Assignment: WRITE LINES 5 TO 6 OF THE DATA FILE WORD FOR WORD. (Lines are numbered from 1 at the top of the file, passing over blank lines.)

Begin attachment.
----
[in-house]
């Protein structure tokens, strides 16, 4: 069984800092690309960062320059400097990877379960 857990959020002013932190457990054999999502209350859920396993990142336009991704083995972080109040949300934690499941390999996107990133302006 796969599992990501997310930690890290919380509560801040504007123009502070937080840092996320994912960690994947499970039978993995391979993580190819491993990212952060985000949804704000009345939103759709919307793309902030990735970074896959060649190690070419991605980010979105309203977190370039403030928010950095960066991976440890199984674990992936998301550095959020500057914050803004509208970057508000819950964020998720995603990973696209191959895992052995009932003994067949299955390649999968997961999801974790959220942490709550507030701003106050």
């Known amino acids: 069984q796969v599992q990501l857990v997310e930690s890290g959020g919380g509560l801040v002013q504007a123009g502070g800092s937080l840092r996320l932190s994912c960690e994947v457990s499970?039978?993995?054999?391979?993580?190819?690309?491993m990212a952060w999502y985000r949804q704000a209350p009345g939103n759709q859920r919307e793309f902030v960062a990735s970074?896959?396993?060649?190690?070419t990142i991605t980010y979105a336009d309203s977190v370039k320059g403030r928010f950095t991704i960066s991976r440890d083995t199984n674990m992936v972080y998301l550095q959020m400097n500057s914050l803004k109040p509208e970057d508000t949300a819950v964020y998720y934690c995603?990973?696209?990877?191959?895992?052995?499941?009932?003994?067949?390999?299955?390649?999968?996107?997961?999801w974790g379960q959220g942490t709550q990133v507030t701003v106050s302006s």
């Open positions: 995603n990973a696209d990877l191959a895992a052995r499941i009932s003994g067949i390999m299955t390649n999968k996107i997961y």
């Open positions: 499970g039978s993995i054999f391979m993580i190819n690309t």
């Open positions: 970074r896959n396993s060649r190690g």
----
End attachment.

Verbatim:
């Open positions: 499970g039978s993995i054999f391979m993580i190819n690309t």
């Open positions: 970074r896959n396993s060649r190690g």